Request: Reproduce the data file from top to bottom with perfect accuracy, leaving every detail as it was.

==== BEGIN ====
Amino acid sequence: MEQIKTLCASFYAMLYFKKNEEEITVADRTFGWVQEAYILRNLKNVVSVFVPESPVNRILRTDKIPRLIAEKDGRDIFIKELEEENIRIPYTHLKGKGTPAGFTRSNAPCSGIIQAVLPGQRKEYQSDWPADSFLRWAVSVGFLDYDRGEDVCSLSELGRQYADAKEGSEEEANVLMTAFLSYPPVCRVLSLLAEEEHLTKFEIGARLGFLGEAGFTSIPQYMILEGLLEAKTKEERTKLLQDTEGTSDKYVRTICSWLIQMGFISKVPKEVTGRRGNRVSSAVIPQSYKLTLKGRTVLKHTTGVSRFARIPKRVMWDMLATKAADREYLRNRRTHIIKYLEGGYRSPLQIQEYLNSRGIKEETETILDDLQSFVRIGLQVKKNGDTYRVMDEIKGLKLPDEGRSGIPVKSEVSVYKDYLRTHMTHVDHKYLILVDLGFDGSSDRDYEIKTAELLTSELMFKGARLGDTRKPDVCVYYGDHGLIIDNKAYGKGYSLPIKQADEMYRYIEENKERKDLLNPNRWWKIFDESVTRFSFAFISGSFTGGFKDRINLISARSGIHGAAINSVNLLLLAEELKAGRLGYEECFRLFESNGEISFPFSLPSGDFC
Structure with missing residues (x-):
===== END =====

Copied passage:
Amino acid sequence: MEQIKTLCASFYAMLYFKKNEEEITVADRTFGWVQEAYILRNLKNVVSVFVPESPVNRILRTDKIPRLIAEKDGRDIFIKELEEENIRIPYTHLKGKGTPAGFTRSNAPCSGIIQAVLPGQRKEYQSDWPADSFLRWAVSVGFLDYDRGEDVCSLSELGRQYADAKEGSEEEANVLMTAFLSYPPVCRVLSLLAEEEHLTKFEIGARLGFLGEAGFTSIPQYMILEGLLEAKTKEERTKLLQDTEGTSDKYVRTICSWLIQMGFISKVPKEVTGRRGNRVSSAVIPQSYKLTLKGRTVLKHTTGVSRFARIPKRVMWDMLATKAADREYLRNRRTHIIKYLEGGYRSPLQIQEYLNSRGIKEETETILDDLQSFVRIGLQVKKNGDTYRVMDEIKGLKLPDEGRSGIPVKSEVSVYKDYLRTHMTHVDHKYLILVDLGFDGSSDRDYEIKTAELLTSELMFKGARLGDTRKPDVCVYYGDHGLIIDNKAYGKGYSLPIKQADEMYRYIEENKERKDLLNPNRWWKIFDESVTRFSFAFISGSFTGGFKDRINLISARSGIHGAAINSVNLLLLAEELKAGRLGYEECFRLFESNGEISFPFSLPSGDFC
Structure with missing residues (x-):